Reorganized 20 October 1922 in the Illinois National Guard as the 2nd Squadron, 106th Cavalry, an element of the 22nd Cavalry Division. Reorganized 1 September 1940 wholly in the Illinois National Guard as the 106th Cavalry and relieved from assignment to the 22d Cavalry Division concurrently re-designated as the 1st Squadron of the 23d Cavalry Reconnaissance Squadron [constituted 1 January 1940 and organized in part by transfer of personnel from Troop F and Machine Gun Troop, 106th Cavalry, re-designated as the 2d Squadron. Inducted into Federal service 25 November 1940 at home stations. Regiment broken up its elements reorganized and re-designated. List of Illinois Civil War Units Illinois in the American Civil War 106th Cavalry Regiment Dyer, Frederick H.. A Compendium of the War of the Rebellion. Madison, Wisconsin: Dyer Publishing Co. Reprint, Frederick H.. A Compendium of the War of the Rebellion. Dayton, OH: National Historical Society. Pope, Jeffrey Lynn and Leonid E. Kondratiuk. Armor-Cavalry Regiments.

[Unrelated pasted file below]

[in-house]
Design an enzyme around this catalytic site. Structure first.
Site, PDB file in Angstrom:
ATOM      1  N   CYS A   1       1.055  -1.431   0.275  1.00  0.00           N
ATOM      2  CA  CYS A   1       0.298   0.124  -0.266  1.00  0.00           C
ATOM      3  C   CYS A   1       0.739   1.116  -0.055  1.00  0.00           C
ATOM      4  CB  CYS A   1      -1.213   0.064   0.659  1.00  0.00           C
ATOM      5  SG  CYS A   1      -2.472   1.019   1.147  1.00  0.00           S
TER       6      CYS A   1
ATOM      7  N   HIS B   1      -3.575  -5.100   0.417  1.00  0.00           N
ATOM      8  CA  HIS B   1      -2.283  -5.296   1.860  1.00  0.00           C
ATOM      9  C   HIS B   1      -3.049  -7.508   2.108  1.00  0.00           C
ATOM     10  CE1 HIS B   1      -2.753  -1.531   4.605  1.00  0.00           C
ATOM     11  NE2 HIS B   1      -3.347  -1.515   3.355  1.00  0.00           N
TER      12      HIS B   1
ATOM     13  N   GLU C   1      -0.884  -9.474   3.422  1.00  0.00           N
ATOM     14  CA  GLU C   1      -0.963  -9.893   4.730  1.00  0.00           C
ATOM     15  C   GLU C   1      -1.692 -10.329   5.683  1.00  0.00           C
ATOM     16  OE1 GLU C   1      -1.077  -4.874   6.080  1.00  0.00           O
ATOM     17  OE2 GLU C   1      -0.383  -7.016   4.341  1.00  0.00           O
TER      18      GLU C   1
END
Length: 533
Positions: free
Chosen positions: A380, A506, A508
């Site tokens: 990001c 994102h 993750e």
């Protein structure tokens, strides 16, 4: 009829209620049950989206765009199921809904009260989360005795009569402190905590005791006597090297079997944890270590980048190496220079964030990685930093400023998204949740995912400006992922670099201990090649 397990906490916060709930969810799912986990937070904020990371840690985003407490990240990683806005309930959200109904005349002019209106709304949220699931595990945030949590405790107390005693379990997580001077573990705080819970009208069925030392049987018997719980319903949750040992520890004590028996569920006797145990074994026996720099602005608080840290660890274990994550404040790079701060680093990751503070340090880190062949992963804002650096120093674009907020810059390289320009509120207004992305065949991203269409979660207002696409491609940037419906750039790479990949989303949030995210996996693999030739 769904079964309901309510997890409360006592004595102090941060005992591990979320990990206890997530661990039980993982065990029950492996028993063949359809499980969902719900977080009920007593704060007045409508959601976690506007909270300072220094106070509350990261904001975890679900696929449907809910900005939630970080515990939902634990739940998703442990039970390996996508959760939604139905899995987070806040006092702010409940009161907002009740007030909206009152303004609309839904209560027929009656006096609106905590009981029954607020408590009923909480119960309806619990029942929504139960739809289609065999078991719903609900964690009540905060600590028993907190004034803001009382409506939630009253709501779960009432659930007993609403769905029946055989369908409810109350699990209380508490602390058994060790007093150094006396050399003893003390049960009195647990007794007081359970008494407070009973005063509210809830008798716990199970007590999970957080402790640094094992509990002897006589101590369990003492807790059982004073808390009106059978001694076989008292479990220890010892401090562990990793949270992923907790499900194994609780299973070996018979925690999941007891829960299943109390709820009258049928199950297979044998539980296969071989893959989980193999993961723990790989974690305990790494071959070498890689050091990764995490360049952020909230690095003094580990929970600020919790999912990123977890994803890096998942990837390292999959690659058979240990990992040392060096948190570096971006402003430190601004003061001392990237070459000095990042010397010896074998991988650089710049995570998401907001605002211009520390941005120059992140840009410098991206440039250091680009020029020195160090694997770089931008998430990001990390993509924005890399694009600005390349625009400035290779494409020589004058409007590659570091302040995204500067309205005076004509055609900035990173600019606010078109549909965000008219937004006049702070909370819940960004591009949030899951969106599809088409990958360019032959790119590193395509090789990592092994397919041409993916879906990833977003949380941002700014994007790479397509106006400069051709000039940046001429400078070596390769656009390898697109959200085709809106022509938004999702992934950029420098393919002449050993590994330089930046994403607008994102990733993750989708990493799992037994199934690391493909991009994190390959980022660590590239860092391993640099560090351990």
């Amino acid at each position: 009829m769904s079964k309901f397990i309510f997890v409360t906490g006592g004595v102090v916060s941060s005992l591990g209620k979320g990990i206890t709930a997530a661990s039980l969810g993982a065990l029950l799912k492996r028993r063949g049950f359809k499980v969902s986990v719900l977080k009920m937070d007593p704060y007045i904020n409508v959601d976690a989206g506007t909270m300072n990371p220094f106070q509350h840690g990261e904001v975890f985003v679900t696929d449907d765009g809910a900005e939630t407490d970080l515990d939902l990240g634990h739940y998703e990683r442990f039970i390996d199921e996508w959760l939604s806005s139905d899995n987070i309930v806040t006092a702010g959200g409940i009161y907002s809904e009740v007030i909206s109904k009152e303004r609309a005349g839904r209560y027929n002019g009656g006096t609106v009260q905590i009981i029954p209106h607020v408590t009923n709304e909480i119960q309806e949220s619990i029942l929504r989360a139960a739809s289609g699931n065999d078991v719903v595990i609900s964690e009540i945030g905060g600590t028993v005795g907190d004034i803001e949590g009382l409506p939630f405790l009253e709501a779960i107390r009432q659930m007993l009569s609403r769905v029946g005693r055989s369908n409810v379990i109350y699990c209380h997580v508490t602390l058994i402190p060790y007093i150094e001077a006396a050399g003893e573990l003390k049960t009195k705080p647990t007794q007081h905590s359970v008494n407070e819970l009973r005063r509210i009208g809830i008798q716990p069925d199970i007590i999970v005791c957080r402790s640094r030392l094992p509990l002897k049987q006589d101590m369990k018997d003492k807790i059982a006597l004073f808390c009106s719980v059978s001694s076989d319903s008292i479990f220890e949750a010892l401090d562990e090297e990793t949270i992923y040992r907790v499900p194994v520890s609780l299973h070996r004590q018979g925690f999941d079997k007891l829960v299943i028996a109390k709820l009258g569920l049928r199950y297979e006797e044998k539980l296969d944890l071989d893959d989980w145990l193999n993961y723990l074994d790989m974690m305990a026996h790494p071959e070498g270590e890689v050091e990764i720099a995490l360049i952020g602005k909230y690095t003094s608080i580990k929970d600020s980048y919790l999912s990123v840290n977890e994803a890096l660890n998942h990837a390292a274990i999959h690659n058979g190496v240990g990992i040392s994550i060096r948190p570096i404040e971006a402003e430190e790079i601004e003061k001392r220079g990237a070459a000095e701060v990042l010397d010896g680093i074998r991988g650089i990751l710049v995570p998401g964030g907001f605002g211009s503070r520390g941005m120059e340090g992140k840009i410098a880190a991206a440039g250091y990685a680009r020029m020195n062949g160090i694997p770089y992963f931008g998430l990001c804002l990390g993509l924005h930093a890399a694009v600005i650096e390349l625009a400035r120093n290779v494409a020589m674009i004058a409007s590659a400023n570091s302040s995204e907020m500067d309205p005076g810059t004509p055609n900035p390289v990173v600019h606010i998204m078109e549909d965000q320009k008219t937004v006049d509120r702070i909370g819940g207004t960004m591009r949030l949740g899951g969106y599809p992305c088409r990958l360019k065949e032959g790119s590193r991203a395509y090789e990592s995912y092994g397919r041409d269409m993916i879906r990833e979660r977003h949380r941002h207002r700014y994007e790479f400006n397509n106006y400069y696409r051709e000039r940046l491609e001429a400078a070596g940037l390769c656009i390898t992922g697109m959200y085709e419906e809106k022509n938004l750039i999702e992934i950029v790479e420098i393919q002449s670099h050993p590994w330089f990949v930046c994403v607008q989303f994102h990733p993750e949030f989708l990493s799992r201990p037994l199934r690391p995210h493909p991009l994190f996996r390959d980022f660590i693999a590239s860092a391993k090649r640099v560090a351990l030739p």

DIANE Publishing. Pp. 21–22. ISBN 0-7881-8206-4. "Centralia Cavalry Company". Tennessee State Library & Archives. Retrieved November 26, 2013; the Civil War Archive U. S. War Department. A Compilation of the Official Records of the Union and Confederate Armies. Series 1. Washington: Government Printing Office

Heidi Schmid